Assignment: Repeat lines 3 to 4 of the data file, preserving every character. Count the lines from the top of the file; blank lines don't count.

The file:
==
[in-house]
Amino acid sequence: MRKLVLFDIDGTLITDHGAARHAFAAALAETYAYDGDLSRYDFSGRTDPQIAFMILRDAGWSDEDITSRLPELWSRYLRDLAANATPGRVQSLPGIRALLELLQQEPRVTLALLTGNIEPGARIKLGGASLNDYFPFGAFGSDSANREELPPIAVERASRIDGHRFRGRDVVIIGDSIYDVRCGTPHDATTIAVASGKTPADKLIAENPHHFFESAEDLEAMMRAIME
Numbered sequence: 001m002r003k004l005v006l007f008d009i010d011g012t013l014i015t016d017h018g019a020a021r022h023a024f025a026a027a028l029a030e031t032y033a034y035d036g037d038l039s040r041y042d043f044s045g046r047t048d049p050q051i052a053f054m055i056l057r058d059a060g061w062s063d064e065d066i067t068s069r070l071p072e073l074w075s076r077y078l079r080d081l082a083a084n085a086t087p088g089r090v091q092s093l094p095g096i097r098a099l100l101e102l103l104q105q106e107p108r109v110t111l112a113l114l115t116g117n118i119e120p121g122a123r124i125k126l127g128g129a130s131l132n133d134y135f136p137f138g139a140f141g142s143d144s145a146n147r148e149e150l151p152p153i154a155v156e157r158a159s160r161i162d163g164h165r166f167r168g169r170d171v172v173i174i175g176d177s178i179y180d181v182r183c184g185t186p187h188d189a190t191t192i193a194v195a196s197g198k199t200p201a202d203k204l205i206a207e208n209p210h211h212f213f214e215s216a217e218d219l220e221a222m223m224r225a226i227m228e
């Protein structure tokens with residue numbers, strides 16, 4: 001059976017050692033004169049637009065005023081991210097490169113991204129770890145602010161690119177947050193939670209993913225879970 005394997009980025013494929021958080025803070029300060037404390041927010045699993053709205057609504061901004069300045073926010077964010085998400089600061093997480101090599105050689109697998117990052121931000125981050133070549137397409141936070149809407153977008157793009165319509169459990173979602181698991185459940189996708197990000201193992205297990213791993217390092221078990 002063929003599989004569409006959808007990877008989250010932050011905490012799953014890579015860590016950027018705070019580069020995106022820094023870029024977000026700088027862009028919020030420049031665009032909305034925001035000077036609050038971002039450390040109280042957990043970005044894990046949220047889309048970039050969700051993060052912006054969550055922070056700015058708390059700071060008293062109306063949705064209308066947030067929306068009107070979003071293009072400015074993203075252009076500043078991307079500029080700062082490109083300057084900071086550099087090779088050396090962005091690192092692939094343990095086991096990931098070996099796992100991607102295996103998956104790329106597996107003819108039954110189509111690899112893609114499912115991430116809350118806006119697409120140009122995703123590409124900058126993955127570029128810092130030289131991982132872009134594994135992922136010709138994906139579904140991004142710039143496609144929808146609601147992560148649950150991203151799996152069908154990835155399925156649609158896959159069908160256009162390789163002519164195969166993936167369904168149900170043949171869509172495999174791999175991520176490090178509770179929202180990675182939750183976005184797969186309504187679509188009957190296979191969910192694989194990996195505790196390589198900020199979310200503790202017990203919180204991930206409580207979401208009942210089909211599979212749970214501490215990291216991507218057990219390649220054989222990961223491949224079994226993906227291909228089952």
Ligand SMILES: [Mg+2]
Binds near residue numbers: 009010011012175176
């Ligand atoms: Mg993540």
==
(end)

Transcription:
Numbered sequence: 001m002r003k004l005v006l007f008d009i010d011g012t013l014i015t016d017h018g019a020a021r022h023a024f025a026a027a028l029a030e031t032y033a034y035d036g037d038l039s040r041y042d043f044s045g046r047t048d049p050q051i052a053f054m055i056l057r058d059a060g061w062s063d064e065d066i067t068s069r070l071p072e073l074w075s076r077y078l079r080d081l082a083a084n085a086t087p088g089r090v091q092s093l094p095g096i097r098a099l100l101e102l103l104q105q106e107p108r109v110t111l112a113l114l115t116g117n118i119e120p121g122a123r124i125k126l127g128g129a130s131l132n133d134y135f136p137f138g139a140f141g142s143d144s145a146n147r148e149e150l151p152p153i154a155v156e157r158a159s160r161i162d163g164h165r166f167r168g169r170d171v172v173i174i175g176d177s178i179y180d181v182r183c184g185t186p187h188d189a190t191t192i193a194v195a196s197g198k199t200p201a202d203k204l205i206a207e208n209p210h211h212f213f214e215s216a217e218d219l220e221a222m223m224r225a226i227m228e
């Protein structure tokens with residue numbers, strides 16, 4: 001059976017050692033004169049637009065005023081991210097490169113991204129770890145602010161690119177947050193939670209993913225879970 005394997009980025013494929021958080025803070029300060037404390041927010045699993053709205057609504061901004069300045073926010077964010085998400089600061093997480101090599105050689109697998117990052121931000125981050133070549137397409141936070149809407153977008157793009165319509169459990173979602181698991185459940189996708197990000201193992205297990213791993217390092221078990 002063929003599989004569409006959808007990877008989250010932050011905490012799953014890579015860590016950027018705070019580069020995106022820094023870029024977000026700088027862009028919020030420049031665009032909305034925001035000077036609050038971002039450390040109280042957990043970005044894990046949220047889309048970039050969700051993060052912006054969550055922070056700015058708390059700071060008293062109306063949705064209308066947030067929306068009107070979003071293009072400015074993203075252009076500043078991307079500029080700062082490109083300057084900071086550099087090779088050396090962005091690192092692939094343990095086991096990931098070996099796992100991607102295996103998956104790329106597996107003819108039954110189509111690899112893609114499912115991430116809350118806006119697409120140009122995703123590409124900058126993955127570029128810092130030289131991982132872009134594994135992922136010709138994906139579904140991004142710039143496609144929808146609601147992560148649950150991203151799996152069908154990835155399925156649609158896959159069908160256009162390789163002519164195969166993936167369904168149900170043949171869509172495999174791999175991520176490090178509770179929202180990675182939750183976005184797969186309504187679509188009957190296979191969910192694989194990996195505790196390589198900020199979310200503790202017990203919180204991930206409580207979401208009942210089909211599979212749970214501490215990291216991507218057990219390649220054989222990961223491949224079994226993906227291909228089952």